One of the typical techniques is the impregnation method, in which chemicals react with the most reactive groups of the cell wall of wood (Hill 2006; Bryne and Wålinder 2010). The main components of wood are cellulose, hemicellulose, lignin, and small amounts of extractives and inorganics. There are intermolecular forces acting between these constituents that may contribute to some of the unique characteristics of wood. It is evident that sorption and the consequent swelling are caused by the hydroxyl (OH) groups of cellulose macromolecules (Li 2002). The presence of these OH groups can promote the nucleation and growth of inorganic phases such as TiO2and SiO2 on the wood surface (Li et al. 2010; Miyafuji and Saka 2001; Sun et al. 2010b; Tshabalala and Gangstad 2003; Tshabalala and Sung 2007; Wang et al. 2012), thereby producing wood-inorganic composite materials. In previous studies, TiO2 has been used with wood to improve fire-resistance (Sun et al. 2010a), provide antibacterial qualities (Qin and Zhang 2012), increase decay protection (Shabir et al. 2013), prevent weathering (Mahltig et al.2008; Rassam et al. 2011; Schmalzl and Evans 2003; Sun et al. 2012; Tshabalala et al. 2011), and improve dimensional stability (Sun et al. 2010b). These studies were largely focused on the enhancement of weather resistance, water resistance, and antimicrobial activity in wood using sol-gel processes or by surface coating using a hydrothermal method. The combination of pressure-impregnation of TiO2 sol into wood, accompanied with hydrothermal post-treatment, to fabricate TiO2-treated wood or wood-TiO2 composites was rarely mentioned.
Acacia hybrid (Acacia mangium x auriculiformis) is a lower-grade, fast-growing wood abundantly available in Vietnam. In recent years, more acacia hybrid plantations have been established in Vietnam, and the large available quantity of this wood is primarily used for outdoor furniture production. The wood of acacia hybrid has poor dimensional stability and durability because of its very fast growth rate. In previous research, the dimensional stability of this wood has been improved by heat treatment (Tuong and Li 2010). In the present study, the wettability of acacia hybrid wood was reduced by pressure-treating the wood with TiO2 gel under hydrothermal conditions. The goal was to study the effects of post-treatment conditions (mainly the pH of treatment solutions) on the water contact angles and the variability of TiO2 morphology inside the treated-wood. In addition, the influence of immersion in boiled water on the wettability of the composites was also investigated.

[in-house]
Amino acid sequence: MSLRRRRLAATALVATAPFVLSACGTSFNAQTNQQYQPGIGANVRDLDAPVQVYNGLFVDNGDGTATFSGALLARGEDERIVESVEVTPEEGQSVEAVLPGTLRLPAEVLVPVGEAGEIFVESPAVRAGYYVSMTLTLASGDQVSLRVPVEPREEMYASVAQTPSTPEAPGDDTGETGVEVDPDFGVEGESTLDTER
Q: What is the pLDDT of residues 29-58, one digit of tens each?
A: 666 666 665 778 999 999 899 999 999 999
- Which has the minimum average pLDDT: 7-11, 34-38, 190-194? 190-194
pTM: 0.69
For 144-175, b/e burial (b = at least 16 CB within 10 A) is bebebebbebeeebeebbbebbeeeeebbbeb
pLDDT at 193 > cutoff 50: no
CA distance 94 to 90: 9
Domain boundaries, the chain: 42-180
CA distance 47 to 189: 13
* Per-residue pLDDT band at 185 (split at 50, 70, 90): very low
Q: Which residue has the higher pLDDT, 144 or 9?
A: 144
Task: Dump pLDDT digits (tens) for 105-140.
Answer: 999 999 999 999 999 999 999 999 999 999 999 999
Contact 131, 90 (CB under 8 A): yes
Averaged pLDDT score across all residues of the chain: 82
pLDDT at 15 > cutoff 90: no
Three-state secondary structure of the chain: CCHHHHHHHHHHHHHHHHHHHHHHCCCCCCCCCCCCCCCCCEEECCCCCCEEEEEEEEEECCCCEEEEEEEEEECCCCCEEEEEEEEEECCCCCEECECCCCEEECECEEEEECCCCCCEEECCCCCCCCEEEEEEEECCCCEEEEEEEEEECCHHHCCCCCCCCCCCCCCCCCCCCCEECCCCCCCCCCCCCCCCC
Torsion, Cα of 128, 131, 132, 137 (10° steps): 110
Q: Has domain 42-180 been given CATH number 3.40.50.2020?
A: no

All chemicals and solvents were supplied by Tianjin Baishi Chemical Industry Co., Ltd. and were used as received. Wood specimens were cut from three fast-growing acacia hybrid (Acacia mangium x auriculiformis) trees, each of which were 8 years old with breast high diameters (DBH) ranging from 19 to 22 cm. The samples were collected from Hoa Binh province, Vietnam. Approximately the same amount of heartwood was cut to prepare clear wood samples 10 mm (T) x 20 mm (R) x 30 mm (L) in size (where R represents the radial direction, T represents the tangential direction, and L represents the longitudinal direction) to fabricate the wood-TiO2 composites. Samples were divided into four groups (Control, T1, T2, and T3), and each treatment group contained a total of 10 test samples. All samples were conditioned for three weeks at 20 °C and 65% relative humidity (RH) prior to impregnation with the TiO2 sol solution.